The output of the early 80s wave of punk bands is often sneered at now as naive and dated. This is easy to do, but you have to remember what life for young people in the early 80s was like: high unemployment, a right wing government determined to cut public services, riots, royal weddings, tension between Britain and Argentina over the Falkland Islands – hard to imagine now isn’t it?!. This was the backdrop for bands like The Samples who released one of the classic singles of the period, Dead Hero.
Almost everyone has used Elmore James’ version as a template for their cover – it’s more of a standard 12-bar blues song than Tampa Red’s earlier composition – and the Grateful Dead were no exception. But they played it slower than most and, as ever, their interpretation is not just the singer and lead guitar over a formulaic blues backing.
Despite Pigpen’s deteriorating health (he died a year later), he makes a valiant attempt to emulate his bluesmen heroes and plays some decent harmonica on this performance from Wembley on April 8th, 1972. Garcia set a much slower pace for most of the later versions on the tour, causing poor Ron to hold those harmonica notes even longer, but this is just about right, I reckon. The overall performance is subtly understated, delicate even, and what Ron’s voice lacks in power is made up for by the excellent tone and dynamics of the instrumentation.
…that Mormon Sunday School teacher and would-be FBI agent Richard McCoy Jr. boarded United Airlines Flight 855 under the alias ‘James Johnson’. By threatening to blow the plane up mid-flight, he struck a deal with the airline to have half a million dollars and a parachute ready for him at San Francisco airport. After landing there, collecting his loot and releasing the passengers, the plane returned to the skies and he jumped from it at 16,000 feet over Utah, landed safely and hitch-hiked home. He and most of the money were found two days later and he received a 45-year prison sentence. He escaped from jail two years later but when the FBI caught up with him again, they shot him dead.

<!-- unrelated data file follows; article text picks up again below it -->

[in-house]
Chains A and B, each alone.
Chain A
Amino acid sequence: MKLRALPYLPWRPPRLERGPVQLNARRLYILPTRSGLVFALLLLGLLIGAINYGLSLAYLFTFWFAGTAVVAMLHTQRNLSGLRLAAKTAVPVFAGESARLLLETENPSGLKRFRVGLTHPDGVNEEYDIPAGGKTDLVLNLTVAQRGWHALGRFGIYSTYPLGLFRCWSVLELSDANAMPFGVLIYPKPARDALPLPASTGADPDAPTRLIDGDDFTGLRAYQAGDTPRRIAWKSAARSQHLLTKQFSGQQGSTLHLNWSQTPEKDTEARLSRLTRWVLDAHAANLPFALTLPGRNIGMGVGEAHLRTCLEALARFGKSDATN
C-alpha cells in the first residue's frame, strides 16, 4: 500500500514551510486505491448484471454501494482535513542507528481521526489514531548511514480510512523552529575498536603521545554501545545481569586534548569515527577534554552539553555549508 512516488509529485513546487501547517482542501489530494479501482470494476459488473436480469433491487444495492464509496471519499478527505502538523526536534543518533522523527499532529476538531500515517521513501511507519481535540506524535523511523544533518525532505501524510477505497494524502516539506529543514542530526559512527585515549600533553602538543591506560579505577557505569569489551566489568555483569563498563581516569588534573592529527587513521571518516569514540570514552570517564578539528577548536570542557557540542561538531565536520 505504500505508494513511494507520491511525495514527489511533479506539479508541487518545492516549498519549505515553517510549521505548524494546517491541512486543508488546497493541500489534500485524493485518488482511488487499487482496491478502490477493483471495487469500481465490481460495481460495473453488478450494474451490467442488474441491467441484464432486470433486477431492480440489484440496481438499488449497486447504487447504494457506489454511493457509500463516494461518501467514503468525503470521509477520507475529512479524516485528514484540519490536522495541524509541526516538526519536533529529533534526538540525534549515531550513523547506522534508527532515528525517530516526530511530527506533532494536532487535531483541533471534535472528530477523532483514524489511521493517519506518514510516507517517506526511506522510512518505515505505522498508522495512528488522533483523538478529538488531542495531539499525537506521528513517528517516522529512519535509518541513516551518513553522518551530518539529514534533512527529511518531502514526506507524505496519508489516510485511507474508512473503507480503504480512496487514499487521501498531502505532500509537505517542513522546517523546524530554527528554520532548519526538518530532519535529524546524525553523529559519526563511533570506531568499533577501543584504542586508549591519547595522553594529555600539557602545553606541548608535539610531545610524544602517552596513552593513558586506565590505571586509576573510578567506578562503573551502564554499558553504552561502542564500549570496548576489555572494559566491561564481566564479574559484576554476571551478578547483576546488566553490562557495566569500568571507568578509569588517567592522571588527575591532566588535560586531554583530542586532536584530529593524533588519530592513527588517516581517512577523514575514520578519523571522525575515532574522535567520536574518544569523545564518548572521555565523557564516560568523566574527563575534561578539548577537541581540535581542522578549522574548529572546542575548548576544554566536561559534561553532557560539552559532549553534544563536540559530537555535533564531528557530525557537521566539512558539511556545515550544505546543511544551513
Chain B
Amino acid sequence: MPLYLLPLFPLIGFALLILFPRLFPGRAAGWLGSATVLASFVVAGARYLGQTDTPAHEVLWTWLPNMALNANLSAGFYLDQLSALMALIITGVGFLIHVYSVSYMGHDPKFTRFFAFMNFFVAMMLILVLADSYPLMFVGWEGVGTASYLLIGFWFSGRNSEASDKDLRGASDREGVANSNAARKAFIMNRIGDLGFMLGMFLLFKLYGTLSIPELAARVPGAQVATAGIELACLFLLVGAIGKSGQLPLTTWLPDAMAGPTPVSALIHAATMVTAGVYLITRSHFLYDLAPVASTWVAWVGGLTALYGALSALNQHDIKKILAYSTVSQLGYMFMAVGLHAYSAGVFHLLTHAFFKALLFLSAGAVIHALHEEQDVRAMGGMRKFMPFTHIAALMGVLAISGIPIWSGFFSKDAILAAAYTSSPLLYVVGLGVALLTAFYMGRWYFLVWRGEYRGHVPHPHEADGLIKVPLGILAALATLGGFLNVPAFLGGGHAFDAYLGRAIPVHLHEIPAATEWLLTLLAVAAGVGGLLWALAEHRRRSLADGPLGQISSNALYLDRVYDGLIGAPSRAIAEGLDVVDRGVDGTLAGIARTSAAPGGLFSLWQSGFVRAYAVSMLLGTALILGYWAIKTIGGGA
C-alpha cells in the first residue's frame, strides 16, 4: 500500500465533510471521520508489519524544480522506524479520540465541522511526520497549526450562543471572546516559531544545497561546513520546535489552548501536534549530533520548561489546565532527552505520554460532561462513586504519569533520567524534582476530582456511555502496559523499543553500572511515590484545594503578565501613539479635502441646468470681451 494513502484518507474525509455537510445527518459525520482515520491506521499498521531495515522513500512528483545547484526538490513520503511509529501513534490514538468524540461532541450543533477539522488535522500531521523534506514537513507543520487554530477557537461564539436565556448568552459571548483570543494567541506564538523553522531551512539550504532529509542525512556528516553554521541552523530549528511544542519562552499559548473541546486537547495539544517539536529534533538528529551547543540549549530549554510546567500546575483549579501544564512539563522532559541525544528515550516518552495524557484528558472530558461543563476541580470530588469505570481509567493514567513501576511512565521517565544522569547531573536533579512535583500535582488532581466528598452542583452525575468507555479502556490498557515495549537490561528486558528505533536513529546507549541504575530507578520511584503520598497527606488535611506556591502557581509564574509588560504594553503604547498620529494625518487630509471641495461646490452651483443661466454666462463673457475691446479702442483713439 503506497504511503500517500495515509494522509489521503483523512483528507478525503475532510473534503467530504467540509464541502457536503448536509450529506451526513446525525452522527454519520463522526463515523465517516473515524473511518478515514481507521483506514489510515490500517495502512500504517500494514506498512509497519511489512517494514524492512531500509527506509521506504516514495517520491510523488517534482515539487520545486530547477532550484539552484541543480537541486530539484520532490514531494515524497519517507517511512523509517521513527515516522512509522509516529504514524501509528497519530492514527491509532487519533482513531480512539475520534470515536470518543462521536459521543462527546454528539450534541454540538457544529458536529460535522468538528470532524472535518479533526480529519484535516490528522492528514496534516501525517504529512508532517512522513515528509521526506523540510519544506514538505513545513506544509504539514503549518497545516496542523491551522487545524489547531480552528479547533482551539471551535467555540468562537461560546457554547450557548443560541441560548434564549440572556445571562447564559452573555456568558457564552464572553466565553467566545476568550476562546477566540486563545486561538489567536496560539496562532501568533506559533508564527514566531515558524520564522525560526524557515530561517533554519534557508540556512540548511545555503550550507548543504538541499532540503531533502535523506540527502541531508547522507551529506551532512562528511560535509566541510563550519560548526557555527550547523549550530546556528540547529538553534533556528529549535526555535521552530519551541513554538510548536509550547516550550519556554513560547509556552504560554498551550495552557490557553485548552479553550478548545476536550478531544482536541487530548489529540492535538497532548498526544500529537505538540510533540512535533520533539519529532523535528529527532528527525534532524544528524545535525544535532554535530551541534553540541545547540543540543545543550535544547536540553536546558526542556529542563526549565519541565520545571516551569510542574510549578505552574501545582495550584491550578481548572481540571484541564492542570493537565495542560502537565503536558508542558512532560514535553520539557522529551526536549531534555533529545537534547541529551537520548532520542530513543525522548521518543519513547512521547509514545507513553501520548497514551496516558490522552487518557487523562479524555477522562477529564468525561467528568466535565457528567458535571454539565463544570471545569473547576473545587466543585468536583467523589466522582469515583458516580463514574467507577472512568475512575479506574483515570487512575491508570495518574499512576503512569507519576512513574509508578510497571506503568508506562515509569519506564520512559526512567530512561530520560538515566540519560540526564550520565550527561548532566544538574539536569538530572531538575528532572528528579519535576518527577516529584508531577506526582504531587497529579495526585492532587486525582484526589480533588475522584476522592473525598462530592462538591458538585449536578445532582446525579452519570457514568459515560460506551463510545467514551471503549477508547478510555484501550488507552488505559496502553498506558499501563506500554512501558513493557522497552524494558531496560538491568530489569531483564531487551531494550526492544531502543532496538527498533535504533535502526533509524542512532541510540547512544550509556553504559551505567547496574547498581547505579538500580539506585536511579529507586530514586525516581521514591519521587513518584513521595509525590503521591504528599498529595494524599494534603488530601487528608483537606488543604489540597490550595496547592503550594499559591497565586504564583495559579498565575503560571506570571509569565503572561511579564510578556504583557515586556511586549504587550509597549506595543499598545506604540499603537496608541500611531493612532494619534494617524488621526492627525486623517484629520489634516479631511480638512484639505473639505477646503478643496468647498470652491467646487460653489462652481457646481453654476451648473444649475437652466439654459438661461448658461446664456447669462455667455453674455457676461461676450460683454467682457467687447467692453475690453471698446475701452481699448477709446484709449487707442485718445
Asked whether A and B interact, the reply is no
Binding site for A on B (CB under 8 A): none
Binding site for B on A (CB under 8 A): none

At the same time as McCoy’s hijacking exploits, the Grateful Dead’s road crew were suspending parachutes from the ceiling of the Empire Pool in Wembley, in an attempt to improve its dire acoustics prior to the band taking the stage for the first concert of their first European tour…. Continue reading →
Stranglers, Todd Snider, Jim White, Sweet Sweet Lies, Wedding Present, Men, Ting Tings, John Foxx & The Maths, Julia Holter, Magnetic Fields, Mark Stewart/Factory Floor/Keith Levine, Carter Tutti Void, La Sera, Vijay Iyer Trio
You work with someone for ages and then one day they tell you they’re going to have stop playing with their band.
“What band ?” you say.
“Midnite Special, didn’t you know ?”
Patrik, my co-worker was the drummer in this band till, well, yesterdayish.
They sound pretty good to me. Here’s their e.p.
Mr P ! ! ! It is Cherry Blossom Time at last ! ! ! Yes Sakura - It's Sakura Time ! ! !
Just about now the Cherry blossoms are blooming over most of Japan ! ! ! Sakura as Cherry Blossoms are called in Japanese, are really important in Japanese culture. They represent new beginnings, re-birth, the arrival of spring, optimism and from a Buddhist point of view the short but beautiful life they have, represent the temporary nature of all things in this world. Of course they are also super romantic ! ! ! So of course Japanese musicians of all genres have been inspired by cherry blossoms. So to celebrate Spring we would like to share a variety of tracks with the Sakura theme!!!
Cherry blossom clearly has deep significance in Japan, I think it’s impossible for us Westerners to really grasp all the subtlety of feeling here. You have to be born into it. The trees are beautiful and..yes…romantic ( though it pains me , as an Englishman, to write that girlie word) but there are also elements of birth/death and remembrance in the traditions here. And fun. Lots of fun. Here are our songs in celebration of “sakura” and , indeed, for Sakura our own “little blossom”. Continue reading →
Hello all! I’ve finally worked out how to log in to WordPress.
I did a piece on Trinidad & Tobago for the Guardian today. I’ve been meaning to write this one for a while because, even though it’s not somewhere that’s going to attract a lot of comments (or possibly any comments), it’s a country that’s very important to me. Anyway, i hope it’s of interest.